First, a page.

(back) Subject: Reply Addressing Problems From: Administrator <email@example.com> Date: Wed, 3 Feb 1999 06:38:41 -0600 Folks This list is set-up to have as the DEFAULT Return Address the address of the List in sending off replys. However, as Mr. Eversman points out on certain mail it is better to reply directly to the original poster of the message you are replying to. It is usually a simple matter of copying the address of that person from the Headers and pasting that address in the TO field in place of the list address. The address of the original sender is shown as FROM: in the Headers of each message. If you are not seeing this information then you need to adjust the configuration of your email client to have the headers show up with each message. This is a simple adjustment tht you need to do on your end. Most mailing lists, with a few exceptions - the PIPORG-L list being one of them, are configured to have replys going to the list to keep discussion going. This is a decision that is made by the List Owners and Pete and I will not entertain any discussion of this configuration. If you have any questions or need some help in changing you configuration please write me personally at either: mailto:firstname.lastname@example.org or my personal address listed below. Now back to our regularly scheduled chatting and Thank you all for being a part of PipeChat. David **************************************** David Scribner Co-Owner / Technical Administrator PipeChat 850-478-9635 mailto:email@example.com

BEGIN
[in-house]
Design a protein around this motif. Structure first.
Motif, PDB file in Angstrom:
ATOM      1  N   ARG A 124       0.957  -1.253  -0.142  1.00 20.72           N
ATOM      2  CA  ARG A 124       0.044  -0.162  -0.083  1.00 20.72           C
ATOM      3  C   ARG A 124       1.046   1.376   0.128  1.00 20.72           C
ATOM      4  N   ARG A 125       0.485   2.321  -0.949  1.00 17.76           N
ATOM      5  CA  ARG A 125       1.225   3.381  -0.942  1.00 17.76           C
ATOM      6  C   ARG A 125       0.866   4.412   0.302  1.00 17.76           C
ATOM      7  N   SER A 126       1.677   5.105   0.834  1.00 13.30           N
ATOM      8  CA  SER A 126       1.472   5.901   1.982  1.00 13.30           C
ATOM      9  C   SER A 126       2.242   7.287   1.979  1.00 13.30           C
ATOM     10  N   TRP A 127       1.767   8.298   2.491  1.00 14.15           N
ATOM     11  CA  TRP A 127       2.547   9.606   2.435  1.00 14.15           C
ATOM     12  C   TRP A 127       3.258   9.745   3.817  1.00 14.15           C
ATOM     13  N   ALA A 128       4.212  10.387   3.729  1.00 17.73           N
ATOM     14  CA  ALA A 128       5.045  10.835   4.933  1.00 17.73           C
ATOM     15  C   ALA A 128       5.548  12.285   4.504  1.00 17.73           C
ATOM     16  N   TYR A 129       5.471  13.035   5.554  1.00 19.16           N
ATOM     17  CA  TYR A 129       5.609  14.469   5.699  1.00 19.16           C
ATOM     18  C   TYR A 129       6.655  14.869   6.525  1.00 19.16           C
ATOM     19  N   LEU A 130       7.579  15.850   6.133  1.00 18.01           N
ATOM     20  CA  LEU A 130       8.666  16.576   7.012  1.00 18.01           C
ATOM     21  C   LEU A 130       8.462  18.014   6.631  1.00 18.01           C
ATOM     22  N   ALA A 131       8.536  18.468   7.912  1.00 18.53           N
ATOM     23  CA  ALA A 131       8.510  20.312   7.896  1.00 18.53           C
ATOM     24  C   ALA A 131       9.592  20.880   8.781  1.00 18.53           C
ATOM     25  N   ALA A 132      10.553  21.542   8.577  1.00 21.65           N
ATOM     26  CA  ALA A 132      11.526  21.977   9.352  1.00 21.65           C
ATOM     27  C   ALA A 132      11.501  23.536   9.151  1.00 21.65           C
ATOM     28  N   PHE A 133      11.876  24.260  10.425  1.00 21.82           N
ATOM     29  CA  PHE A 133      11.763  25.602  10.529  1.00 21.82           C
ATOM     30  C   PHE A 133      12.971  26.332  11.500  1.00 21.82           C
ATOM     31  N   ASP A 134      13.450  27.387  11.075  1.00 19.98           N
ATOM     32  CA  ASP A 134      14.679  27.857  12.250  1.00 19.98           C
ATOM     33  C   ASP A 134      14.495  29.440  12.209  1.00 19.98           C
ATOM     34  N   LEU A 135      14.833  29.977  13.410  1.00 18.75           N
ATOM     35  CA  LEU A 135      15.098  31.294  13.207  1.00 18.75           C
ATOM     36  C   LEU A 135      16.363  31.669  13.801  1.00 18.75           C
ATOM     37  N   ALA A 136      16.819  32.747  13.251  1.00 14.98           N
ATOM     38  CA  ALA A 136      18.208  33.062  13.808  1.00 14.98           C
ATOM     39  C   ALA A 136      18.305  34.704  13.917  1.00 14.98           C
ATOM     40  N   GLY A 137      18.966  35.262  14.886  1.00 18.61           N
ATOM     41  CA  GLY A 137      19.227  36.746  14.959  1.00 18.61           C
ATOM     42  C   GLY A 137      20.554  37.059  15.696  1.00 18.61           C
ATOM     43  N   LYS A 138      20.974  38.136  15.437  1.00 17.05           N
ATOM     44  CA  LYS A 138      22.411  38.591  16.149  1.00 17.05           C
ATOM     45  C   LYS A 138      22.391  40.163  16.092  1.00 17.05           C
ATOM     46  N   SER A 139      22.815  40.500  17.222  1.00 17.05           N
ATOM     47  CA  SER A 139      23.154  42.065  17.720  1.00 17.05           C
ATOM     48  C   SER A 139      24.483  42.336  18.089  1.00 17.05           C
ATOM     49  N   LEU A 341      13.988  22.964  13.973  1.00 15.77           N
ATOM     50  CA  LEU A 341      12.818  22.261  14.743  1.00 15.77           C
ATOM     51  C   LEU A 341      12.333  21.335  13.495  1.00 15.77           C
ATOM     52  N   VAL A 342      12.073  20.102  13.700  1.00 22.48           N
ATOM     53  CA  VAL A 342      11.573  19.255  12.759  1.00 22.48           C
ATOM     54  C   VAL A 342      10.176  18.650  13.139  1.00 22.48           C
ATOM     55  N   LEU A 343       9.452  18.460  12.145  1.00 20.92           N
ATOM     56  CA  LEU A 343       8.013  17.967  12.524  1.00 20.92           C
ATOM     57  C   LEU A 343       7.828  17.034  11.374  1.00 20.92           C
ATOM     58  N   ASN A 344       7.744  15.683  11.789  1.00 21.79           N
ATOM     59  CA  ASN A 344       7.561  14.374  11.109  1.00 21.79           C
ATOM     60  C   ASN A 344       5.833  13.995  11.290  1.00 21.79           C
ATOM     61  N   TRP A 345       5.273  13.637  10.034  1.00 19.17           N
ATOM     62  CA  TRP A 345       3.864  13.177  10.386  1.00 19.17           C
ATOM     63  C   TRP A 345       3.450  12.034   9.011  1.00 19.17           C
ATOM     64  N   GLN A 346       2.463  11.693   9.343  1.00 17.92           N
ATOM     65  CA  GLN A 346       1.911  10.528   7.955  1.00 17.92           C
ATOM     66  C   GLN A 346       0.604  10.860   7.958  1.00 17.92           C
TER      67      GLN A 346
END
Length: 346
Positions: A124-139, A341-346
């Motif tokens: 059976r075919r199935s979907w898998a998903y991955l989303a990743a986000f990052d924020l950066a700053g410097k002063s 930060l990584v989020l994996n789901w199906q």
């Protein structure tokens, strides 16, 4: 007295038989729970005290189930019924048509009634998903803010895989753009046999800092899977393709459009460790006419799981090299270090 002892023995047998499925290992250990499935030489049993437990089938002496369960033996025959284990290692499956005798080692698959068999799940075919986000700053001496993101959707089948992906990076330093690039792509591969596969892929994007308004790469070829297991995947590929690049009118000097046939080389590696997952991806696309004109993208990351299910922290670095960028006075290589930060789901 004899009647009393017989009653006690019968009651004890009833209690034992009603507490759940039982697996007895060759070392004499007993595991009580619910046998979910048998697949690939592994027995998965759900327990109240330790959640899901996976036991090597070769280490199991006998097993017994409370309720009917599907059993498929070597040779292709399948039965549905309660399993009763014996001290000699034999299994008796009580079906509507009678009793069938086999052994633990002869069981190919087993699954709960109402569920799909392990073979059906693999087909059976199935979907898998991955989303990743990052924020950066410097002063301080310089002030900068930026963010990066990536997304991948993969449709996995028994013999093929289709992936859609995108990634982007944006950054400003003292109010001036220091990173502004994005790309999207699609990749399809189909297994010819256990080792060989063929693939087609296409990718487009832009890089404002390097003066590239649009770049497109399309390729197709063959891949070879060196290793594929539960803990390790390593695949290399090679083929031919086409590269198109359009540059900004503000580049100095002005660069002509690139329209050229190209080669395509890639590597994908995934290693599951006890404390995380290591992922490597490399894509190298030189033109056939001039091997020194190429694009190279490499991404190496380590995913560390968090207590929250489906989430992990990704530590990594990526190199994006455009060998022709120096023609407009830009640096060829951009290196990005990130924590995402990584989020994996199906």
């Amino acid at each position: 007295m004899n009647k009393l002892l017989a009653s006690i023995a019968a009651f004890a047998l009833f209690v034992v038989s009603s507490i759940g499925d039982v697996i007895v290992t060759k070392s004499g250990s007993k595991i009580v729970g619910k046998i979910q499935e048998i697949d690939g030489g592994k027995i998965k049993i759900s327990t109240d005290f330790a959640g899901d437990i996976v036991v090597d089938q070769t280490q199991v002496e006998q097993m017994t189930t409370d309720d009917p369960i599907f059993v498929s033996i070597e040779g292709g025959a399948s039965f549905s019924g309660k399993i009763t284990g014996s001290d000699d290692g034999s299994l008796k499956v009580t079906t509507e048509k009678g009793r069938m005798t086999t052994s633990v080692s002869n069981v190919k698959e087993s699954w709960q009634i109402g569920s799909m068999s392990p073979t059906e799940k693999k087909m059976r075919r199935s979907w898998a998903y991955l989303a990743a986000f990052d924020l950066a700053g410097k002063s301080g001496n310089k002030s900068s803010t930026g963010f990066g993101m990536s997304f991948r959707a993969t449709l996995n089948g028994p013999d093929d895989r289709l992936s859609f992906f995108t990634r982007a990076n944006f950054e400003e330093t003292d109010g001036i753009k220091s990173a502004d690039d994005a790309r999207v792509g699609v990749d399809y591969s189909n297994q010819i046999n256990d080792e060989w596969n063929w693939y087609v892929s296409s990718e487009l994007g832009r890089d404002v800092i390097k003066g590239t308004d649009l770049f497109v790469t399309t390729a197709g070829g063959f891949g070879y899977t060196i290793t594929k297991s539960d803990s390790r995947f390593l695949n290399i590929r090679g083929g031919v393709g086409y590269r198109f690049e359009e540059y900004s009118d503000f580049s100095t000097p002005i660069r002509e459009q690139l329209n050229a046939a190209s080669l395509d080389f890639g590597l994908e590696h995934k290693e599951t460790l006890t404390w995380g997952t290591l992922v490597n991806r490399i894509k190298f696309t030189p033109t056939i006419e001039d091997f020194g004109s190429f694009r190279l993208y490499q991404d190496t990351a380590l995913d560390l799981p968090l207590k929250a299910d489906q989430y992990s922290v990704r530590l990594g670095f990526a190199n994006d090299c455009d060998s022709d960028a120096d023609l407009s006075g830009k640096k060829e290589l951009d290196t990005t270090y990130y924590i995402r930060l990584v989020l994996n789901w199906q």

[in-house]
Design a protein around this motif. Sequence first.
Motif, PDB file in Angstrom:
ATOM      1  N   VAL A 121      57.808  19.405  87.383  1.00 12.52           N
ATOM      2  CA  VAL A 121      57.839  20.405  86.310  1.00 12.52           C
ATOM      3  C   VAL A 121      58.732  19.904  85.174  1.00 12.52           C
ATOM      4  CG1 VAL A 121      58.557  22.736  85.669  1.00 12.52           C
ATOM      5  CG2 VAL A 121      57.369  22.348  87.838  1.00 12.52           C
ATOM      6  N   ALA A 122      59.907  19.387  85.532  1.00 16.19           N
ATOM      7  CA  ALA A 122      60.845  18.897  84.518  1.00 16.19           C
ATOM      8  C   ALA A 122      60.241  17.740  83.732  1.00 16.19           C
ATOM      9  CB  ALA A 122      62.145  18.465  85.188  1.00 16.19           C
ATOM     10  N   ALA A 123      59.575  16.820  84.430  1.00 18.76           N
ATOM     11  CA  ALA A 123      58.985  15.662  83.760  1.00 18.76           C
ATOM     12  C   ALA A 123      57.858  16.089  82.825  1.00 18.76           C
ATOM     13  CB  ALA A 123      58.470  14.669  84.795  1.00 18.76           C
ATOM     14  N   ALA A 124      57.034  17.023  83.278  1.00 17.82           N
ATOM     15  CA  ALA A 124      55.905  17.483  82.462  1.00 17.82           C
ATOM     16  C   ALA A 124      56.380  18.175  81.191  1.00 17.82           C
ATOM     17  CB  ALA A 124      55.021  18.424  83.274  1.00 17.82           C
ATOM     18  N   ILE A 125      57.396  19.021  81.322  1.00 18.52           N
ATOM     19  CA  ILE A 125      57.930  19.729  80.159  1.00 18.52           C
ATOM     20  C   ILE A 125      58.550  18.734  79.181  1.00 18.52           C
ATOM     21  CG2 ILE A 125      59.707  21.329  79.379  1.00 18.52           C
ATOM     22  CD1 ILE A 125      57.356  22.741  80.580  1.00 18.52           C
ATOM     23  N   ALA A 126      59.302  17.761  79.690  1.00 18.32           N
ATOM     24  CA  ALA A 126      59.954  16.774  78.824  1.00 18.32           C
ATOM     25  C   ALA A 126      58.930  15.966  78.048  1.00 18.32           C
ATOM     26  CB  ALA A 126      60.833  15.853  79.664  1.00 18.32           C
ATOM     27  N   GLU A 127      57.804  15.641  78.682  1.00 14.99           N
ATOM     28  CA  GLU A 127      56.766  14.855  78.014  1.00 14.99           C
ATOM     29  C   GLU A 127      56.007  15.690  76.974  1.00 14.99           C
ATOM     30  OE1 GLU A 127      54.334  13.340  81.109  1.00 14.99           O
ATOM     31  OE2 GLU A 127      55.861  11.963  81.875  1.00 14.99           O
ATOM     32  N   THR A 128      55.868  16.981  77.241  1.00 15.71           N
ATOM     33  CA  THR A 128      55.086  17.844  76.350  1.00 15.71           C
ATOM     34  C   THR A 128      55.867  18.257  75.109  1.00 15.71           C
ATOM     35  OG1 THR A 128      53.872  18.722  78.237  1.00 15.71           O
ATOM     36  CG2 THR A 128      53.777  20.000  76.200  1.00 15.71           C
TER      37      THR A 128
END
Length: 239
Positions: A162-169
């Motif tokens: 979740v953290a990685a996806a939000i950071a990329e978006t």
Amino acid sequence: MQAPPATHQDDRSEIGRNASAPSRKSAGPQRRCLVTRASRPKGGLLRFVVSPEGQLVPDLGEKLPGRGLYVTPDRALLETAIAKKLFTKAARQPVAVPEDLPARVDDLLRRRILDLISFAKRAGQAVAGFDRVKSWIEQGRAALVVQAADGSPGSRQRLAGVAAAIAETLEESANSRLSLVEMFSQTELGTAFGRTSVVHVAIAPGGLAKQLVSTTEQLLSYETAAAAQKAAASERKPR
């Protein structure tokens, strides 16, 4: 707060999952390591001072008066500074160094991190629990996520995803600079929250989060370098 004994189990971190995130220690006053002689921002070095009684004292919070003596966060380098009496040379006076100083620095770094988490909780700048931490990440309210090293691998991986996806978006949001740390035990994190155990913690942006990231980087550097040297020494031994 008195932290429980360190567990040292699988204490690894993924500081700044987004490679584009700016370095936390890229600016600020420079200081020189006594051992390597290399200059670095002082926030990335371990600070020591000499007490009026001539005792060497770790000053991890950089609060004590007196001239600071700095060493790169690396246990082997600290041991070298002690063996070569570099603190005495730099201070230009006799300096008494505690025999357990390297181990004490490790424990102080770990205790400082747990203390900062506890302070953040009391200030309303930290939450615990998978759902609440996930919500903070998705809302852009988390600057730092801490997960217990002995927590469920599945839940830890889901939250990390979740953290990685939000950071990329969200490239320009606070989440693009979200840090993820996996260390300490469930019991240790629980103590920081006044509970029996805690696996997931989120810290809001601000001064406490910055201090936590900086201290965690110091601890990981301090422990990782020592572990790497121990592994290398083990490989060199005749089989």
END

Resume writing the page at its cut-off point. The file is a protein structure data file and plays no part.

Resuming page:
(back) Subject: HTML Encoding (X-POSTED) & excessive quoting From: Richard Schneider <firstname.lastname@example.org> Date: Wed, 03 Feb 1999 08:07:55 -0600 Dear List Members: I have a request. I am on the road quite often, and to get my EMAIL is a considerable expense for me. Some of you posters have the nasty habit of "regurgitating" an entire posting. Some of you have that feature set up to do this automatically, and need to turn it off, as it is sometimes difficult to determine what you're writing and what is someone else's thought! And then there are those of you who send documents in not only ASCII, but also in HTML, which appears as rubbish! It is quite vexing to me to watch AT&T profiteering at Hotel rates while I try to "reach out and touch someone" and find my desire to stay in touch being nothing more this. While I realize that in the final analysis: "there's nothing new under the sun", I'd just as soon being reminded of that in this way. Appreciatively anticipating. . . "Arp"